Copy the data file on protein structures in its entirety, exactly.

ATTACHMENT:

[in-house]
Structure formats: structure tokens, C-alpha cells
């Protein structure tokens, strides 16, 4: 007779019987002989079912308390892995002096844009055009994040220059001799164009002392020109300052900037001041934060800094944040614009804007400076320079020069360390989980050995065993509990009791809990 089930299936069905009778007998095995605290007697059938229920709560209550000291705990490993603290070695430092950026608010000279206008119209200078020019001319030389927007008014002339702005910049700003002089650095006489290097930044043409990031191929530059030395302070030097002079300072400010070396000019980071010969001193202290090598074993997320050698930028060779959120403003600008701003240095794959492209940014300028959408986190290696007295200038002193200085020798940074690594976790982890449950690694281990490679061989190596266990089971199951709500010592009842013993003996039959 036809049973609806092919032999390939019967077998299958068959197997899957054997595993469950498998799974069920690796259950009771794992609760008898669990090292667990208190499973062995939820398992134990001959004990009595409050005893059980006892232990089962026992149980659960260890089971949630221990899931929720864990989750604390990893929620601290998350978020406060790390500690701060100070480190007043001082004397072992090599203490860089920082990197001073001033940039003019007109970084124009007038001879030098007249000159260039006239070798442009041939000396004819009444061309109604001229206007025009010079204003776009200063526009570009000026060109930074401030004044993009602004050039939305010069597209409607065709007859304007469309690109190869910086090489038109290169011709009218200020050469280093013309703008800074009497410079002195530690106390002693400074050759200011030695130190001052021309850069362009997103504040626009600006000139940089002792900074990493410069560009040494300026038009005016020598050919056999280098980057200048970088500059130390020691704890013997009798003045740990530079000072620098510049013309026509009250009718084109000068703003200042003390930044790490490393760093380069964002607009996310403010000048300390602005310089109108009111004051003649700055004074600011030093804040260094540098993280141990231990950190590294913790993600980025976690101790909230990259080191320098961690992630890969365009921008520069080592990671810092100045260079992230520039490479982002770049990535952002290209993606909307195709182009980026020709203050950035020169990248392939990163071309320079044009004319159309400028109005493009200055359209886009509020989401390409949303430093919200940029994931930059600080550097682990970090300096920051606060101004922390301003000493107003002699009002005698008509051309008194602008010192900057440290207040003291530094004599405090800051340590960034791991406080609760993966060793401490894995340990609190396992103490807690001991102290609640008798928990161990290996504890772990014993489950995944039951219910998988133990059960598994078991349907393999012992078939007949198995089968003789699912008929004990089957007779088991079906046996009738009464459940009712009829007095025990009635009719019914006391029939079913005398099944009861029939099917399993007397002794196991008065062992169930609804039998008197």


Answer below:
[in-house]
Structure formats: structure tokens, C-alpha cells
């Protein structure tokens, strides 16, 4: 007779019987002989079912308390892995002096844009055009994040220059001799164009002392020109300052900037001041934060800094944040614009804007400076320079020069360390989980050995065993509990009791809990 089930299936069905009778007998095995605290007697059938229920709560209550000291705990490993603290070695430092950026608010000279206008119209200078020019001319030389927007008014002339702005910049700003002089650095006489290097930044043409990031191929530059030395302070030097002079300072400010070396000019980071010969001193202290090598074993997320050698930028060779959120403003600008701003240095794959492209940014300028959408986190290696007295200038002193200085020798940074690594976790982890449950690694281990490679061989190596266990089971199951709500010592009842013993003996039959 036809049973609806092919032999390939019967077998299958068959197997899957054997595993469950498998799974069920690796259950009771794992609760008898669990090292667990208190499973062995939820398992134990001959004990009595409050005893059980006892232990089962026992149980659960260890089971949630221990899931929720864990989750604390990893929620601290998350978020406060790390500690701060100070480190007043001082004397072992090599203490860089920082990197001073001033940039003019007109970084124009007038001879030098007249000159260039006239070798442009041939000396004819009444061309109604001229206007025009010079204003776009200063526009570009000026060109930074401030004044993009602004050039939305010069597209409607065709007859304007469309690109190869910086090489038109290169011709009218200020050469280093013309703008800074009497410079002195530690106390002693400074050759200011030695130190001052021309850069362009997103504040626009600006000139940089002792900074990493410069560009040494300026038009005016020598050919056999280098980057200048970088500059130390020691704890013997009798003045740990530079000072620098510049013309026509009250009718084109000068703003200042003390930044790490490393760093380069964002607009996310403010000048300390602005310089109108009111004051003649700055004074600011030093804040260094540098993280141990231990950190590294913790993600980025976690101790909230990259080191320098961690992630890969365009921008520069080592990671810092100045260079992230520039490479982002770049990535952002290209993606909307195709182009980026020709203050950035020169990248392939990163071309320079044009004319159309400028109005493009200055359209886009509020989401390409949303430093919200940029994931930059600080550097682990970090300096920051606060101004922390301003000493107003002699009002005698008509051309008194602008010192900057440290207040003291530094004599405090800051340590960034791991406080609760993966060793401490894995340990609190396992103490807690001991102290609640008798928990161990290996504890772990014993489950995944039951219910998988133990059960598994078991349907393999012992078939007949198995089968003789699912008929004990089957007779088991079906046996009738009464459940009712009829007095025990009635009719019914006391029939079913005398099944009861029939099917399993007397002794196991008065062992169930609804039998008197």